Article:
geostrophic, the wind just blows around the system, cyclonically around the low and anticyclonically around the high. Near the surface in the Ekman layer, however, the wind deviates toward low pressure, inward in the low, outward from the high. Because the horizontal flow is convergent into the low, mass continuity demands a compensating vertical outflow. This Ekman pumping produces ascent, and, in consequence, cooling, clouds, and possibly rain in low pressure systems. In the high, the divergence of the Ekman layer flow demands subsidence (through Ekman suction). Therefore high pressure systems tend to be associated with low precipitation and clear skies.

7.4.3. Planetary-scale ageostrophic flow

Frictional processes also play a central role in the atmospheric boundary layer on planetary scales. Fig. 7.27 shows the annual average surface pressure field in the atmosphere, ps. We note the belt of high pressure in the subtropics (latitudes ± 30°) of both hemispheres, more or less continuous in the southern hemisphere, confined mainly to the ocean basins in the northern hemisphere. Pressure is relatively low at the surface in the tropics and at high latitudes (± 60°), particularly in the southern hemisphere. These features are readily seen in the zonal-average ps shown in the top panel of Fig. 7.28.

To a first approximation, the surface wind is in geostrophic balance with the pressure field. Accordingly (see the top and middle panels of Fig. 7.28 since dps/dy < 0 in the latitudinal belt between 30° and 60° N, then from Eq. 7-4, us> 0 and we observe westerly winds there; between 0° and 30° N, ps increases, dps/dy> 0 and we find easterlies, us < 0—the trade winds. A similar pattern is seen in the southern hemisphere (remember f < 0 here); note the particularly strong surface westerlies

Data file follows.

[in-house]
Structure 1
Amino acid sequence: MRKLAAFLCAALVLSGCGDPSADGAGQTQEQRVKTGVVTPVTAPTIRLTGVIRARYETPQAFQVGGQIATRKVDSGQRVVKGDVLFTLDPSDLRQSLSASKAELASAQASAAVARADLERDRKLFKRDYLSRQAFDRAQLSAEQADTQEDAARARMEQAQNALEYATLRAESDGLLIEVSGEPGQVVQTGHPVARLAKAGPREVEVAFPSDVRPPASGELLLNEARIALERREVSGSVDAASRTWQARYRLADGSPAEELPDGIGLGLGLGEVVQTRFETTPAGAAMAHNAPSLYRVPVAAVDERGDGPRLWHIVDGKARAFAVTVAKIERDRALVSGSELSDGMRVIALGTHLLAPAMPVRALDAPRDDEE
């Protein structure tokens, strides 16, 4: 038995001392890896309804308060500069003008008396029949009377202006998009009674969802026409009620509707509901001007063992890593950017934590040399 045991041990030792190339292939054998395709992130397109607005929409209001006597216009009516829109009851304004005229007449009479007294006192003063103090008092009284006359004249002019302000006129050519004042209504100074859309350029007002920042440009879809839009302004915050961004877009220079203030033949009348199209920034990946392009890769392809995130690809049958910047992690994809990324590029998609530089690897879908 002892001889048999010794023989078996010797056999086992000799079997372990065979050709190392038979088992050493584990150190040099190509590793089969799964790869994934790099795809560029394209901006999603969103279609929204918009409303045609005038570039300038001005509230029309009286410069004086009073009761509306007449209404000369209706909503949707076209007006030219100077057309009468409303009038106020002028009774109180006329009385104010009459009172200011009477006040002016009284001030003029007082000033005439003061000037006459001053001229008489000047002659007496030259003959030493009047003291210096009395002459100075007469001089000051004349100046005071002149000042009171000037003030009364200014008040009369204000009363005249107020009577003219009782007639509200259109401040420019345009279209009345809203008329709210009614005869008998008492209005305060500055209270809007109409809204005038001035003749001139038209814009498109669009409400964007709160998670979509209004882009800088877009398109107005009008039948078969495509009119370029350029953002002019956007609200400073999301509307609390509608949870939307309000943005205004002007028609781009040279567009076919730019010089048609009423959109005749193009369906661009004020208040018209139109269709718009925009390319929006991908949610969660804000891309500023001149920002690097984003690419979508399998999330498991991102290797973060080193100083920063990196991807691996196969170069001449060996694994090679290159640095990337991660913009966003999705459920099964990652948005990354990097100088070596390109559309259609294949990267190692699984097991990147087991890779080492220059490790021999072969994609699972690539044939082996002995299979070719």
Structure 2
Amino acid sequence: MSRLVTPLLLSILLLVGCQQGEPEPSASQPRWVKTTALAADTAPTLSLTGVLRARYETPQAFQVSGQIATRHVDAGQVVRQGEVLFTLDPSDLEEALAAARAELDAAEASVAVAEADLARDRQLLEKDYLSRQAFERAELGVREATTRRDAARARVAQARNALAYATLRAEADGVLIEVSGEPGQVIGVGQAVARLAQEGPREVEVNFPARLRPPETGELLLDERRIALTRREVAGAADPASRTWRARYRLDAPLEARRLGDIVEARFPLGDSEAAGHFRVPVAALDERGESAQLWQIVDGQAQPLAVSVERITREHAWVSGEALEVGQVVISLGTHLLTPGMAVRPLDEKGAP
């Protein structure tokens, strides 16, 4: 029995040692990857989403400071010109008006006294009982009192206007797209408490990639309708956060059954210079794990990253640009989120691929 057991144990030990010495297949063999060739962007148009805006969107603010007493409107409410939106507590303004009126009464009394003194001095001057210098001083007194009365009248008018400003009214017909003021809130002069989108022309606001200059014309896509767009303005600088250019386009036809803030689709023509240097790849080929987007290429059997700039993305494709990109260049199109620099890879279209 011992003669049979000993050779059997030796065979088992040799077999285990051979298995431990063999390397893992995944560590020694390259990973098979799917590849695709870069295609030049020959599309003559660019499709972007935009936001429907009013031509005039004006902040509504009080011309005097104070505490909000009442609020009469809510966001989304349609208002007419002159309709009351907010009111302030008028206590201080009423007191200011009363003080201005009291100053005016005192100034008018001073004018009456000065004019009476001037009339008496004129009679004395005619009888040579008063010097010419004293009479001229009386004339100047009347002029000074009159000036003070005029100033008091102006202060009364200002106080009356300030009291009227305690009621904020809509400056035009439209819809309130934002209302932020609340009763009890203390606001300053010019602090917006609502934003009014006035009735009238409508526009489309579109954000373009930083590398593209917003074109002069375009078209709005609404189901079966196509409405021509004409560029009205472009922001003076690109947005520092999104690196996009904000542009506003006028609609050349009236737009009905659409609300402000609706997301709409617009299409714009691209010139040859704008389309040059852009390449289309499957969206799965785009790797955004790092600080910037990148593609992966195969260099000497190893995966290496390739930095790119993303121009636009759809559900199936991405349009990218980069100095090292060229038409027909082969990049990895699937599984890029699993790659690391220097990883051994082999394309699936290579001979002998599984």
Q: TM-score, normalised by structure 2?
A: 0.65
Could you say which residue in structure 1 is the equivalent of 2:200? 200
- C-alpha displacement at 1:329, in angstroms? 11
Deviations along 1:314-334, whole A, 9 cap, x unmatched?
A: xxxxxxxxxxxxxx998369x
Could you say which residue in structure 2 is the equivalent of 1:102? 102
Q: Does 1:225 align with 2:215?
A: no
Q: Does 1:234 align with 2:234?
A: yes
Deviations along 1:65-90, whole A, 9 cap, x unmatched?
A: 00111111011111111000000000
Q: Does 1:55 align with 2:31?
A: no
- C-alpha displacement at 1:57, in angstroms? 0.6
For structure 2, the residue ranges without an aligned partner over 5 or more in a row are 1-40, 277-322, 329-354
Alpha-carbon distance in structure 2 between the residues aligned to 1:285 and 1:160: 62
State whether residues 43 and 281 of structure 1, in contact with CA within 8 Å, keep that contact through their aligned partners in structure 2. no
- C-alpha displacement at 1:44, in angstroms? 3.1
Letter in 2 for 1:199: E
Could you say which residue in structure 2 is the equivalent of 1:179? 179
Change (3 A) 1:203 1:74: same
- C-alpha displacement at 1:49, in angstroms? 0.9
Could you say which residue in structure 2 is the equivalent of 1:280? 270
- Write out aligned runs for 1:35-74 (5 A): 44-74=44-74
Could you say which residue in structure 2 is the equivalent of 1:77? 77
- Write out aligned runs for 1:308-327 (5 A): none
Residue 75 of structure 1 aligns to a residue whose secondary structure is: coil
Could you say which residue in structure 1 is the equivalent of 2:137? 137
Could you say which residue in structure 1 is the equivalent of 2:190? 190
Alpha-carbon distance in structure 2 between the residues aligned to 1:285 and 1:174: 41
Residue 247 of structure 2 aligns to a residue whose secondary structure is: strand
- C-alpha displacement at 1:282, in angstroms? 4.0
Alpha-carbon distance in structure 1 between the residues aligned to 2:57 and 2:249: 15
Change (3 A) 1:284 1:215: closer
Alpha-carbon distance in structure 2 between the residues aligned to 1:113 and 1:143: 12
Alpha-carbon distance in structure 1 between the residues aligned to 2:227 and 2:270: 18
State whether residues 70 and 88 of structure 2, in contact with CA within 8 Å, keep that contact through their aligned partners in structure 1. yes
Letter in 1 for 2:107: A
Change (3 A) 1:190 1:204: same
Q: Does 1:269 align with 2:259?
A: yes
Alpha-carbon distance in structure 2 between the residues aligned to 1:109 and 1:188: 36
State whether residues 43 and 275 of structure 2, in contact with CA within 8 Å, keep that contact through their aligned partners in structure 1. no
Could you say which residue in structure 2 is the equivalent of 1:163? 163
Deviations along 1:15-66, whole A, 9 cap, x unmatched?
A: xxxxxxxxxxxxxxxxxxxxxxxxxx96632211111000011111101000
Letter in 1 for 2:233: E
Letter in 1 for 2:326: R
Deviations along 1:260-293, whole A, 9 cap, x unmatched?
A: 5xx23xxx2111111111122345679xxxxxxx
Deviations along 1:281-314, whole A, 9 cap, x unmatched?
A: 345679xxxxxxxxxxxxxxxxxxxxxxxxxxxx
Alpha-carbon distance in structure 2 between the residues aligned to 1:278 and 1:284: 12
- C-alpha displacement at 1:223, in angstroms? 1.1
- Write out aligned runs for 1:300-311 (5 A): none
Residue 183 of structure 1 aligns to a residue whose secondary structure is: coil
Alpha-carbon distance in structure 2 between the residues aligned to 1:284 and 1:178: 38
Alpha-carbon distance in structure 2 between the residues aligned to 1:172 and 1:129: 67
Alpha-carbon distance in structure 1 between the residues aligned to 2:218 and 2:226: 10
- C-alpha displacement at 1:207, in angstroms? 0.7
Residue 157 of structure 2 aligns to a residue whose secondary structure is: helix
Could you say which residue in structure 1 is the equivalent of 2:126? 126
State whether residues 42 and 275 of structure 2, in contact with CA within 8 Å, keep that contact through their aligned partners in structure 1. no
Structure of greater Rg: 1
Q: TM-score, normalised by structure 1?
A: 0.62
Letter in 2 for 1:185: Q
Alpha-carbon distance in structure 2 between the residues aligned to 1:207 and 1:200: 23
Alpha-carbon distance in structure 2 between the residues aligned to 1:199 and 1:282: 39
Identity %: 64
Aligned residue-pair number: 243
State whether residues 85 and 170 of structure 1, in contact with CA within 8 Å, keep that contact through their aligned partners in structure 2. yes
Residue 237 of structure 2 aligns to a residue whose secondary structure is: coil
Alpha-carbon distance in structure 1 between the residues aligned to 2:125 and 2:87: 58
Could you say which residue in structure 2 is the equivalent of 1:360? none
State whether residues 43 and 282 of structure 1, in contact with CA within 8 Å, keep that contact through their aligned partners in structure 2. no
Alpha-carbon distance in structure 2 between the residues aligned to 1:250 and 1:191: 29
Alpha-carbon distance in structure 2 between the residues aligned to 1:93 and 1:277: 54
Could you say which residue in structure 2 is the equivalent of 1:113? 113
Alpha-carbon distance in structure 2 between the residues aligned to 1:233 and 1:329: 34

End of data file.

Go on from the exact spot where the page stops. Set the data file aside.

Zonal Winds Easterlies

FIGURE 7.28. Anually and zonally averaged (top) sea level pressure in mbar, (middle) zonal wind in ms-1, and (bottom) meridional wind in ms-1. The horizontal arrows mark the sense of the meridional flow at the surface.

Latitude

FIGURE 7.28. Anually and zonally averaged (top) sea level pressure in mbar, (middle) zonal wind in ms-1, and (bottom) meridional wind in ms-1. The horizontal arrows mark the sense of the meridional flow at the surface.

around 50° S associated with the very low pressure observed around Antarctica in Figs. 7.27 and 7.28 (top panel).

Because of the presence of friction in the atmospheric boundary layer, the surface wind also shows a significant ageostrophic component directed from high pressure to low pressure. This is evident in the bottom panel of Fig. 7.28 which shows the zonal average of the meridional component of the surface wind vs. This panel shows the surface branch of the meridional flow in Fig. 5.21 (top panel). Thus in the zonal average we see vs which is entirely ageostrophic, feeding rising motion along the inter-tropical convergence zone at the equator, and being supplied by sinking of fluid into the subtropical highs of each hemisphere, around ± 30°, consistent with Fig. 5.21.

We have now completed our discussion of balanced dynamics. Before going on to apply these ideas to the general circulation of the atmosphere and, in subsequent chapters, of the ocean, we summarize our key equations in Table 7.1.

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Renewable Energy 101

Renewable Energy 101

Renewable energy is energy that is generated from sunlight, rain, tides, geothermal heat and wind. These sources are naturally and constantly replenished, which is why they are deemed as renewable. The usage of renewable energy sources is very important when considering the sustainability of the existing energy usage of the world. While there is currently an abundance of non-renewable energy sources, such as nuclear fuels, these energy sources are depleting. In addition to being a non-renewable supply, the non-renewable energy sources release emissions into the air, which has an adverse effect on the environment.